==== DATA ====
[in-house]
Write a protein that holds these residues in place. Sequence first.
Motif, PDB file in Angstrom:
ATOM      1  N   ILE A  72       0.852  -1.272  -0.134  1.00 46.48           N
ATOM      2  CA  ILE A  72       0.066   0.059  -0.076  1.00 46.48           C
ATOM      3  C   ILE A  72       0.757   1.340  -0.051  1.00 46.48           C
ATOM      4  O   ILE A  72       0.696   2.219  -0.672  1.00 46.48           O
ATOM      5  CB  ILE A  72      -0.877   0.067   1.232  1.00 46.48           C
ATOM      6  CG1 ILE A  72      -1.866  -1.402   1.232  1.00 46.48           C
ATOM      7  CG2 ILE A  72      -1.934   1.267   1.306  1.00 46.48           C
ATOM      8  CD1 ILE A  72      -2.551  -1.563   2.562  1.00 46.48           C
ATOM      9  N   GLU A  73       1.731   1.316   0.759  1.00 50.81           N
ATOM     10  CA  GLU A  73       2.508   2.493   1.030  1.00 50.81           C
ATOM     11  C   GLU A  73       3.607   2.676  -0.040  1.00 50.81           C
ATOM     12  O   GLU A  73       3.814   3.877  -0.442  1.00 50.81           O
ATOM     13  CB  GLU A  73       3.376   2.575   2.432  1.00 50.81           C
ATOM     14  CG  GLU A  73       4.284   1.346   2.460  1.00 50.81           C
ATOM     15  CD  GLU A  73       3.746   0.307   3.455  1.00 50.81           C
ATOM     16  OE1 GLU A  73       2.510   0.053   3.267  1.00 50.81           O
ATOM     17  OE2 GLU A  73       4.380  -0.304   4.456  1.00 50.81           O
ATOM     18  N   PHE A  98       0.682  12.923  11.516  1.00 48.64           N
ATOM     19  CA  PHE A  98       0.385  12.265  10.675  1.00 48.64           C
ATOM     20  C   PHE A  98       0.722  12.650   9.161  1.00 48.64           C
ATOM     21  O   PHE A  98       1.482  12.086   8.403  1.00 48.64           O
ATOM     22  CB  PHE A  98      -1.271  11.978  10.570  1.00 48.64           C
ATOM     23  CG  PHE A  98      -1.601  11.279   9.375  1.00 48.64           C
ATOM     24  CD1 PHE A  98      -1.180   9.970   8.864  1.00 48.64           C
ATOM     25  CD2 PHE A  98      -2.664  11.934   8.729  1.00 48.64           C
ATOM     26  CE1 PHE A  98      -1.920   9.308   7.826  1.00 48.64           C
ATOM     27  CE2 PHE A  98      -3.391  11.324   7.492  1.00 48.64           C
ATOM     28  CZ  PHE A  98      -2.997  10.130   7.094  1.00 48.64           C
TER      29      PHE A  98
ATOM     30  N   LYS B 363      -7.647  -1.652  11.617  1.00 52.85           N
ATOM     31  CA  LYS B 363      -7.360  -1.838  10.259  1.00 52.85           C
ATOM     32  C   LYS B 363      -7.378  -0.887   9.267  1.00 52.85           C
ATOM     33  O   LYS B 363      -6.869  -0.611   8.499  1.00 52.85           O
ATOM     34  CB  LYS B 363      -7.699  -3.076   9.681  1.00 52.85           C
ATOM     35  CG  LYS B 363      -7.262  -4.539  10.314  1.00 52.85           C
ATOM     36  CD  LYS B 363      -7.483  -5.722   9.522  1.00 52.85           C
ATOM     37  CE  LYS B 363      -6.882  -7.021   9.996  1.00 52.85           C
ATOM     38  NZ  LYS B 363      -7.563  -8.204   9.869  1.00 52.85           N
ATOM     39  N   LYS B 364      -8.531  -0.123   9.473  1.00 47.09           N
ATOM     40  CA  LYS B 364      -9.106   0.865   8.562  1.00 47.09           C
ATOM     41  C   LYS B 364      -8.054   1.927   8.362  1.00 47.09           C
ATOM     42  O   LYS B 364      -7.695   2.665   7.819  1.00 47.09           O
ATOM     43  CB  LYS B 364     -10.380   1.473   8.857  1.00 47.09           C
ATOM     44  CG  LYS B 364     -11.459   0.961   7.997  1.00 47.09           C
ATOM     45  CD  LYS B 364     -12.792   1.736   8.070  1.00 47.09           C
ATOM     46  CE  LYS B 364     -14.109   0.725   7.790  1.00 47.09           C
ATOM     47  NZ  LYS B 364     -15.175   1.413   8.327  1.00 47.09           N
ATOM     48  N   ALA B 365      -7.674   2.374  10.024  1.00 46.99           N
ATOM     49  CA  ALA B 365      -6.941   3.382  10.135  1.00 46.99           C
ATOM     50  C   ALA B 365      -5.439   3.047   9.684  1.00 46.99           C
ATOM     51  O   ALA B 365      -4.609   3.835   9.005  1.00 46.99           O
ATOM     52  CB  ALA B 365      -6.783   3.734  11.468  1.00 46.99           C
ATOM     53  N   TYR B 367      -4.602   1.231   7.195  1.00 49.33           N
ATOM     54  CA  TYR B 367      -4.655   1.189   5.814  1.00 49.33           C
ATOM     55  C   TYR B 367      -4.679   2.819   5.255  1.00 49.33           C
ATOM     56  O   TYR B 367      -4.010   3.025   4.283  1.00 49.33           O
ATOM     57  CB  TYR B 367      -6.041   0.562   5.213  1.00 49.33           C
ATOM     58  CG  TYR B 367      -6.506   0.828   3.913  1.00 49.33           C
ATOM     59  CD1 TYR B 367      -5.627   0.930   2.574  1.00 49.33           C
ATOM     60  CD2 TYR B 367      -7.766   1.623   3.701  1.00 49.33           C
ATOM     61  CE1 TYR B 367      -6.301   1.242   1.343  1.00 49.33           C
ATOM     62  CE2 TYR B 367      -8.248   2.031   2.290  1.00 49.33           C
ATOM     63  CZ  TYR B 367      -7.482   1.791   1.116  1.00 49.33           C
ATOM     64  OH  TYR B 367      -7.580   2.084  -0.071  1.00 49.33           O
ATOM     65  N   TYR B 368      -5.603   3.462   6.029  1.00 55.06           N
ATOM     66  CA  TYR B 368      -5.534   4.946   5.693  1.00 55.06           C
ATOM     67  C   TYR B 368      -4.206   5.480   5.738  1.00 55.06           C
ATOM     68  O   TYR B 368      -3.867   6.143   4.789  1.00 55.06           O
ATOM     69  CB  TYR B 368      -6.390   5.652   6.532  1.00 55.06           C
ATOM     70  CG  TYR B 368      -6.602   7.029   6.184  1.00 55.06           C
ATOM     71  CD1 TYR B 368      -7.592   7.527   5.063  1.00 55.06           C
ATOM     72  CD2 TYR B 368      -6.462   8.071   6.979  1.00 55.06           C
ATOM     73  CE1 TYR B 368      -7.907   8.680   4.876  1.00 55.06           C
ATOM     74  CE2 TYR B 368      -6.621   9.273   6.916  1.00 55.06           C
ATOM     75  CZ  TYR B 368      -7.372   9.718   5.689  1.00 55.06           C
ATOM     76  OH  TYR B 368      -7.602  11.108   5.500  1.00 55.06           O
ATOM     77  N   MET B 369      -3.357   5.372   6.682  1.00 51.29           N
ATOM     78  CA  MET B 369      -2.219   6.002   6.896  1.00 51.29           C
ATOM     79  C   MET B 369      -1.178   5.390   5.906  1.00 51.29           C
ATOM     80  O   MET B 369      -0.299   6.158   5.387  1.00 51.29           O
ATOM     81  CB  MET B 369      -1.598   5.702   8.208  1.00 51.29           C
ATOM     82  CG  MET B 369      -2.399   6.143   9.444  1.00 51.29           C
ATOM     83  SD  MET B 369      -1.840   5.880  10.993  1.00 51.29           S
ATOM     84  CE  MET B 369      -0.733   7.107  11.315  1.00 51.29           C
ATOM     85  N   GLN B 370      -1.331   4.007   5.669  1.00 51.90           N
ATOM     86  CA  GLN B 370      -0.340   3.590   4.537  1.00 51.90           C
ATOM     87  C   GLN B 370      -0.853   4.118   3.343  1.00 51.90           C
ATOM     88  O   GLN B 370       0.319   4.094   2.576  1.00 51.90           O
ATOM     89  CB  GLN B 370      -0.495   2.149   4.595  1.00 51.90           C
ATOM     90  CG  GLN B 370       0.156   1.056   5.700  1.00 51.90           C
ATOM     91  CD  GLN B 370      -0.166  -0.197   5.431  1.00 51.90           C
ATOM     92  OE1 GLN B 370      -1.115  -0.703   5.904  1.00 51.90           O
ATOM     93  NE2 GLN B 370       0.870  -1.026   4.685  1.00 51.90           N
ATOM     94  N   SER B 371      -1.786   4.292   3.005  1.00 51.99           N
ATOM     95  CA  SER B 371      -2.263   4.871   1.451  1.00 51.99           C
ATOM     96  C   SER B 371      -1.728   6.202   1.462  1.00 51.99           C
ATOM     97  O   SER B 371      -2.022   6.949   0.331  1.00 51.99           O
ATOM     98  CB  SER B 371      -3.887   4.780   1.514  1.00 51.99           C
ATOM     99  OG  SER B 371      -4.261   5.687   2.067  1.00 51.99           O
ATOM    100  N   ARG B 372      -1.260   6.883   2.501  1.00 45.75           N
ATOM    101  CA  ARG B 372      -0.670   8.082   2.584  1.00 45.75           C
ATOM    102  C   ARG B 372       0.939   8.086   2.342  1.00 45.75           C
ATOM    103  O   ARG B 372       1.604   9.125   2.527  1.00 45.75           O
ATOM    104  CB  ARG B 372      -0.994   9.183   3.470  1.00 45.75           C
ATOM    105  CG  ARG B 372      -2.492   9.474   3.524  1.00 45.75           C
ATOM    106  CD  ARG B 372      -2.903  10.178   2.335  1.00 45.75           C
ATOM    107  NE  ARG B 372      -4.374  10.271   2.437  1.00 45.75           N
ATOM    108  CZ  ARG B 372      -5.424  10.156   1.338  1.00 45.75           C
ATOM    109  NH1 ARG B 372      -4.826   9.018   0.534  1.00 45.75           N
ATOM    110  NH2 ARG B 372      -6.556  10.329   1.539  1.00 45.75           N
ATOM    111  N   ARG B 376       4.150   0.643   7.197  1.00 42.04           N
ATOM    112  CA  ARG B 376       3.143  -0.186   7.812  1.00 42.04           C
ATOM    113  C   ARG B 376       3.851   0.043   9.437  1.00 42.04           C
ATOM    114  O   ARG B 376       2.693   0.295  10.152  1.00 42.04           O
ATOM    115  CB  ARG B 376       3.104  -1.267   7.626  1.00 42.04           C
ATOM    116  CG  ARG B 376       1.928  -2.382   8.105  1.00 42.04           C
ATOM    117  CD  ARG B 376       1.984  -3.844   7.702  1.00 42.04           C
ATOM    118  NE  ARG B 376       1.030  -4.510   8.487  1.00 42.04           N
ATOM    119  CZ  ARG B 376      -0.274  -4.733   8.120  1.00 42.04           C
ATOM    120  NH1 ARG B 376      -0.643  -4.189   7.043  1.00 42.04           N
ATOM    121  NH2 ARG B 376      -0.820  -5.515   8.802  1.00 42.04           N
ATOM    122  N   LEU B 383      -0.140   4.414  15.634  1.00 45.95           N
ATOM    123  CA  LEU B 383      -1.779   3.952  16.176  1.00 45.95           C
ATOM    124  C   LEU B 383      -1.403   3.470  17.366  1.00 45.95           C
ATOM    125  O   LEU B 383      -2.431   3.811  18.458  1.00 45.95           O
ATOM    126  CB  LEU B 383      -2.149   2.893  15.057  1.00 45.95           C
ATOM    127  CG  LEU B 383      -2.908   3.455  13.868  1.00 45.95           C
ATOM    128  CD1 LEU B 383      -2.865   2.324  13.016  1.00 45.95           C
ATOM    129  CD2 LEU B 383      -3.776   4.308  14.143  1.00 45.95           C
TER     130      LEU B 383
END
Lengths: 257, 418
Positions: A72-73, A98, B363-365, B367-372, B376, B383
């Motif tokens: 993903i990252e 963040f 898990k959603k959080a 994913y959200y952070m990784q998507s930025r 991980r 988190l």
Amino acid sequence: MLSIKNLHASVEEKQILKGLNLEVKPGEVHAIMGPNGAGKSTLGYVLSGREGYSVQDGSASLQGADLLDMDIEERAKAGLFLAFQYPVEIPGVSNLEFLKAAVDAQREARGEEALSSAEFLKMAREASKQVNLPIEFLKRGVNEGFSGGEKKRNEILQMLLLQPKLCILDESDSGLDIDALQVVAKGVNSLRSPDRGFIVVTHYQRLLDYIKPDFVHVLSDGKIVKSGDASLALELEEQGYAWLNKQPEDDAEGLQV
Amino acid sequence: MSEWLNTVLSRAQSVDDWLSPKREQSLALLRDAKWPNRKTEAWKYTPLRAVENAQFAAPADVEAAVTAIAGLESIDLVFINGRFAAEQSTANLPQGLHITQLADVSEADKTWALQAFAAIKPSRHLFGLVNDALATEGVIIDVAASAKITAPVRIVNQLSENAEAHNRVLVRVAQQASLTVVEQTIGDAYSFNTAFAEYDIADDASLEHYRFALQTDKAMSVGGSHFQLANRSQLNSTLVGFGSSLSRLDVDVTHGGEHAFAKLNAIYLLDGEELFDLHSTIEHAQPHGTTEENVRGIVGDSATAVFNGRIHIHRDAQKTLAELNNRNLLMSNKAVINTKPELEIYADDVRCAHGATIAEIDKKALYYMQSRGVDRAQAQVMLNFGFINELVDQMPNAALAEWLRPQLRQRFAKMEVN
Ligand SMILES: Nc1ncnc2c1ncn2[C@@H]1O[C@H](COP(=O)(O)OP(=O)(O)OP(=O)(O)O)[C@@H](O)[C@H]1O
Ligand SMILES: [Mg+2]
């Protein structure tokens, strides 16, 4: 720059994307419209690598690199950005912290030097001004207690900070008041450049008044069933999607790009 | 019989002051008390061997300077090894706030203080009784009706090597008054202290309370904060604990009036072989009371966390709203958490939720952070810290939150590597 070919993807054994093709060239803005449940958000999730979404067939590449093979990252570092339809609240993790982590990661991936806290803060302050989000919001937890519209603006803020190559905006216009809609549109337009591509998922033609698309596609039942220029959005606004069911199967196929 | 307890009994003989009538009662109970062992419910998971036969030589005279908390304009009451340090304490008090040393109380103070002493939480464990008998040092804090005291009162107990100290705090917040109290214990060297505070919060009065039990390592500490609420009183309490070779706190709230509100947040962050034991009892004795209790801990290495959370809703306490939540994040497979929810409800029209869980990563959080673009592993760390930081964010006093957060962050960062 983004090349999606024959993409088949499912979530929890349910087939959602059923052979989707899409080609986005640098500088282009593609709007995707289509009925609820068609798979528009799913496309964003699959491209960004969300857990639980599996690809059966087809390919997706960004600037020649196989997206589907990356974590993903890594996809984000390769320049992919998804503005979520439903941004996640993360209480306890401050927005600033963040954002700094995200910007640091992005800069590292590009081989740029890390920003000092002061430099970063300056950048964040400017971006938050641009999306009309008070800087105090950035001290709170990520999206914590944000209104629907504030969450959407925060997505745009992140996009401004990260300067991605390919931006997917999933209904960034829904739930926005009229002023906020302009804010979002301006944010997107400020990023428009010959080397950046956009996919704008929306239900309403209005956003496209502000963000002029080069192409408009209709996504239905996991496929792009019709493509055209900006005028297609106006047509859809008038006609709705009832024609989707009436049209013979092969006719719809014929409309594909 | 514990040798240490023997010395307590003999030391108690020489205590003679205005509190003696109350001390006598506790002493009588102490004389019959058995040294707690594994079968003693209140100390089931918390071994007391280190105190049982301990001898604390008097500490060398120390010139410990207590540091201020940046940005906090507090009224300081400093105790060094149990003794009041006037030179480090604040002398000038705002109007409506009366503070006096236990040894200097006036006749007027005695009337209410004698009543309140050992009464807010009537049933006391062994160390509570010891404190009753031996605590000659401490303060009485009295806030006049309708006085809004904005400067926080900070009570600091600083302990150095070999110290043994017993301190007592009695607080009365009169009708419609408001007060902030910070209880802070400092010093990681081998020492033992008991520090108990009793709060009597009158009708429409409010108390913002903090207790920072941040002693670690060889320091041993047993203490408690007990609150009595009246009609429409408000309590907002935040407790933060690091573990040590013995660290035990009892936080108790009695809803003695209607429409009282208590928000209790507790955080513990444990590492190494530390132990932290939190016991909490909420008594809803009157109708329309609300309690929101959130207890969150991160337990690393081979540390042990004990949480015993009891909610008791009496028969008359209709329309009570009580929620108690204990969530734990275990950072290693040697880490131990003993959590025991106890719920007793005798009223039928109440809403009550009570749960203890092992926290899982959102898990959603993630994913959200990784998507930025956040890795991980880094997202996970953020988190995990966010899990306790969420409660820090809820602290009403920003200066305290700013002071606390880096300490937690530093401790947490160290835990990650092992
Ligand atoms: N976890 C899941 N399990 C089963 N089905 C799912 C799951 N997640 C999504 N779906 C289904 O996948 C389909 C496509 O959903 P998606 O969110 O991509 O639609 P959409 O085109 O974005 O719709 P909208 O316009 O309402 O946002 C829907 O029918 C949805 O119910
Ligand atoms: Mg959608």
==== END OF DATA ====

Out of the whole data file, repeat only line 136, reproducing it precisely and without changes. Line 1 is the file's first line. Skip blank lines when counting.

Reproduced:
Positions: A72-73, A98, B363-365, B367-372, B376, B383